Artwork © by Greg Findlay
Multicellular systems develop from single cells through a lineage, but current lineage tracing approaches scale poorly to whole organisms. Here we use genome editing to progressively introduce and accumulate diverse mutations in a DNA barcode over multiple rounds of cell division. The barcode, an array of CRISPR/Cas9 target sites, records lineage relationships in the patterns of mutations shared between cells. In cell culture and zebrafish, we show that rates and patterns of editing are tunable, and that thousands of lineage-informative barcode alleles can be generated. By sampling hundreds of thousands of cells from individual zebrafish, we find that most cells in adult zebrafish organs derive from relatively few embryonic progenitors. Genome editing of synthetic target arrays for lineage tracing (GESTALT) will help generate large-scale maps of cell lineage in multicellular systems.
The data for the paper is publicly available on both the NCBI's Gene Expression Omnibus website with dataset identifier GSE81713, as well as on the Dryad data repository here. For each sample, both raw reads (in SRA format) as well as statistics (stats) files are included. Let us know if you see anything missing or incomplete and we'll get it fixed.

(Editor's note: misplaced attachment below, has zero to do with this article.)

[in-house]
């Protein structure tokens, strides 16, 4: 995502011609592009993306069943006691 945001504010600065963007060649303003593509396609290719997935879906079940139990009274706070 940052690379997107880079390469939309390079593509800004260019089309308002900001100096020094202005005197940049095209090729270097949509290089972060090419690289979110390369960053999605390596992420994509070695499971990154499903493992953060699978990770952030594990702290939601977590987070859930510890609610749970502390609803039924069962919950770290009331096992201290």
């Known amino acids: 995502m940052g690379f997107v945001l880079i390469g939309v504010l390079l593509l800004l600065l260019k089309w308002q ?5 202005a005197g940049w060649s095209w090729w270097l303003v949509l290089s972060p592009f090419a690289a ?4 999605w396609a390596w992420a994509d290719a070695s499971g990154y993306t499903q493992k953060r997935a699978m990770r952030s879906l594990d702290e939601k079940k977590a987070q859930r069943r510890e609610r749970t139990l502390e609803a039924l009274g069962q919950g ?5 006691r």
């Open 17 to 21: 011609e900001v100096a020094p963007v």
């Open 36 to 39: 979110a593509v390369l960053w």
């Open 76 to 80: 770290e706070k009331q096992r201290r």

In addition for aggregate lineage experiments, like the individual adult fish or the cell culture lineage, trees are available in PHYLIP Mix newick output file (*.newick.txt.gz), as well as our custom JSON file type (*.json.gz) that we adapted for visualization using the Data Driven Documents (D3) library.
For convenience we've also included aggregated allele files for each of the adult fish, the cell culture data, and the sets of embryos. This files include only UMI tagged amplicons that passed filtering.
The code used in the paper is available on the Shendure lab GitHub site here. We've included all the code to process raw reads into event calls, as well as much of the visualization and analysis scripts used in the paper.
To help users dig into the data, we've created a (very) initial interactive tool for visualizing trees produced in GESTALT. Included are the adult trees highlighted in the paper, the cell culture lineage trees, as well as trees created from individual embryos, many of which didn't make the paper. You can play around with it here.